Using this test with a decent number of people who match your target users should give some really valuable insight into how well your design conveys the purpose of your site and if indeed you’ve managed to achieve ‘high-concept’.
Putting It All Into Practice
Let’s try implementing all this knowledge in the real world? In terms of taking this and turning it into a practical approach, I try and follow these simple steps for every project:
Aim For High-Concept When you’re establishing the purpose of any new site (or page or ad) try and boil it down to a single, simple, overarching ‘High-Concept.’
Write It Down Document what you want that key concept to be in 25 words or less.
Refer Back Constantly refer back to that concept throughout the design process. From picking your fonts and colors to crafting your headline content — ensure that it all supports that High-Concept you wrote down.
Test It Once complete use the 5-second test on your design with a number of users and compare their initial thoughts to your initial High-Concept. If they correlate, then great, if not head back to step 3 and try again.
In this article, we have discussed the simple rule of making blockbuster movies, and we have applied that wisdom to web design. No ‘shock plot twist’ — just some common sense. The first time someone comes into contact with your website, it’s vital to think about what you want the initial message to be. If you want mass market appeal, then craft it into a ‘high-concept’ message that Spielberg himself would be proud of!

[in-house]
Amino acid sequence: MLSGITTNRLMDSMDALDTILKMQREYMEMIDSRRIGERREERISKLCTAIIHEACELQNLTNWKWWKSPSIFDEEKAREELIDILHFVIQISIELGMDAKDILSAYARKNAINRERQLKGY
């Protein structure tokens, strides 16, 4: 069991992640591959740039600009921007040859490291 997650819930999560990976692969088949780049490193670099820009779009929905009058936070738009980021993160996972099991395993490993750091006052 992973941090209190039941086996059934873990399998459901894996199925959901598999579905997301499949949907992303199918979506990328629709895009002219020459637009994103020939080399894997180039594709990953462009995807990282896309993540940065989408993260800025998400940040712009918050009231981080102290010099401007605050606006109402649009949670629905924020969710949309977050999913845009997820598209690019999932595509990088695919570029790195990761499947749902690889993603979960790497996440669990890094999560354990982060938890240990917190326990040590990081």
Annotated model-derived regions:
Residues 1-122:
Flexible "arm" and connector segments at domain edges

Every customer base is unique. Your ability to win your own marketing victories depends on understanding the users visiting your website each and every day. If you’ve spent any amount of time on The Daily Egg or similarly focused blogs, you know that thorough testing is paramount to your web business’ success. You might be intuitive (or lucky) enough to correctly read your customers on any given campaign, but over the long run, success WILL depend on data analysis. Despite the hundreds of voices claiming that marketing is an art, you’ve heard of Neil Patel, Avinash Kaushik, Danny Sullivan, and…